In Part 2 of this interview, Carat Interactive vice president and media director Mark Stephens talks with the E-Commerce Times about how new Internet ad sizes and formats will transform the industry.
Click here to return to Part 1.
ECT: What advantages have you gained through running abanner ad campaign?
Stephens: Banners work well in conjunction withother ads, depending on what you do within the banner. There are places for all sorts of ad sizes, depending on the aim of the campaign.
For example, we have used banner ads to trigger pop-unders. Point-roll technology also works great — where you canpull more information out of the banner, as Bluestreak isdoing. But these banners have to be extremelytargeted.
ECT: What advantages have you gained through marketingin e-mail newsletters?
Stephens: E-mail is so pervasive and is a big part ofopt-in marketing. The advantage of e-mail is it allowsyou to have that one-to-one relationship. It allowsyou to be very targeted because people requestinformation about specific items or categories. And itallows you to have a dialogue back and forth. You cankeep sending people information [or incentives], moving them closer topurchase. But we are big proponents of privacy andare anti-spam.
The industry is evolving at an incredibly rapid pace. The challenge is sifting through the vendors that are going through thatevolution.
Bigger Is Better
ECT: Have the new, larger ad sizes had an impact onyour advertising campaigns?
Stephens: We have utilized skyscrapers, pop-ups andpop-unders. It has allowed us to take a creative leapand make ads much more impactful. It has affected theresponse rate as well. Also, we have done researchwith clients, and there is not a lot of negativepushback about the pop-ups and pop-unders, as long asthey are targeted and the copy is not overly aggressive.
A lot of sites have reconfigured themselves. Many ofthe available units are page-dominant. My hope is thatby the end of this year or sometime next year, mostsites will standardize on those page-dominant units,and [smaller] banners will be on their way out.
The types of advertisers that are starting to come online — Fortune500 companies we work with at Carat — are notinterested in running a [simple] banner campaign. They wantsomething that has some impact and panache.
ECT: What are some successful strategies for onlineadvertising?
Stephens: Understand the target. You need tounderstand their habits online and overall. You needto deliver things that satisfy their needs.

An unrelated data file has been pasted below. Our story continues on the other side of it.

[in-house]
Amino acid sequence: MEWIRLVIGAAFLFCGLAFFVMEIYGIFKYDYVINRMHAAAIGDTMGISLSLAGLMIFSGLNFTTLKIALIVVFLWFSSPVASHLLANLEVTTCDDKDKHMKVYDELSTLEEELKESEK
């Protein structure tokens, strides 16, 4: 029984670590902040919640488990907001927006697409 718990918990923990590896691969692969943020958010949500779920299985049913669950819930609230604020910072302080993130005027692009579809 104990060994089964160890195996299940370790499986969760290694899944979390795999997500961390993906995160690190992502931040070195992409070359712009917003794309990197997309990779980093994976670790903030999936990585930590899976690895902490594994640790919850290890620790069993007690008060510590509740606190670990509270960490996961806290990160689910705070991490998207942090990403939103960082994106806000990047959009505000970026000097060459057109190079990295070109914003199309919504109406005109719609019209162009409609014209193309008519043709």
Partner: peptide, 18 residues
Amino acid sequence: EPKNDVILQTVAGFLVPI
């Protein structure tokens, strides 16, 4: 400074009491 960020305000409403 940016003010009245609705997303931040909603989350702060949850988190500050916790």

Another key is always be mindful of your results. Make somepredictions beforehand. We even map out expectedresults from a brand perspective. The fact that thismedium is very accountable is a good thing.
ECT: What pitfalls should an online advertiser try toavoid?
Stephens: Overhype and overpromising. You run intoproblems when something is completely new and you sellit as something that is going to work. Clients are atvarious stages of interactive advertising. Some arewilling to test and experiment, but we make it clearthat we are going into uncharted territory.
And scrutinize your vendors. At Carat, we have a rigidvendor qualification process.
ECT: Are there products or services that are notsuited for promotion through online advertising?
Stephens: I think the Internet will be appropriate forjust about everything, eventually. But there are a lot ofpackaged goods companies that are still trying tofigure out how to use the Internet. You are not goingto buy Tide online. It is not economically viable.
The challenge is evolving the branding side of thebusiness as well as integrating online with offline– such as getting a coupon online and redeeming it ata grocery store. Some packaged goods companies want tosee clear evidence that the Internet can brand.
ECT: How do you measure the effectiveness of anInternet marketing campaign? What factors come into play?
Stephens: It depends on what the objective is. If itis brand awareness, we will do a dynamic logic studyand look at awareness and purchase intent — how far we”moved the needle.” In other cases, there might havebeen some action we were looking for.
With Adobe, it might be product demonstration downloads. With Bank ofAmerica, it might be signing up for online banking.For some, it might be selling the product right away,like with Palm.
There are a number of different waysto look at the results. You can look at directclick-to-sale or view-through data, where they saw thead and went back to buy it later.
ECT: Based on your experience with Web marketing thusfar, what does the future hold for online advertising– both in terms of strategy and technology trends?
Stephens: Eventually, there is going to be a fast pipeinto your household, and there is going to be a lot ofstuff going through it. Television is going to mergewith online, but we are still working that scenarioout. They are definitely going to grow closertogether. Over time, the Internet is going to becomeless computer-centric and more of an overall tool orappliance. Once media are more interconnected, it willmake doing business that much easier. Impulsepurchases could happen just like that.
And I believe over the next few years the Internet isgoing to be heavily regulated. Part of the challengeis to self-regulate and get things in order, becauseit will eventually be regulated by the government.
ECT: What advice do you have for a company starting toplan a new online advertising campaign?
Stephens: Keep an open mind. Do not put the Internetinto a single bucket. View it as equal to other media.In some cases, it may even be better, depending onhow much you are trying to do. Think about where yourtarget is and how you are going to reach them. Andthink about the follow-up step, not just theadvertising. Think about the customer relationship andhow you are going to facilitate that.
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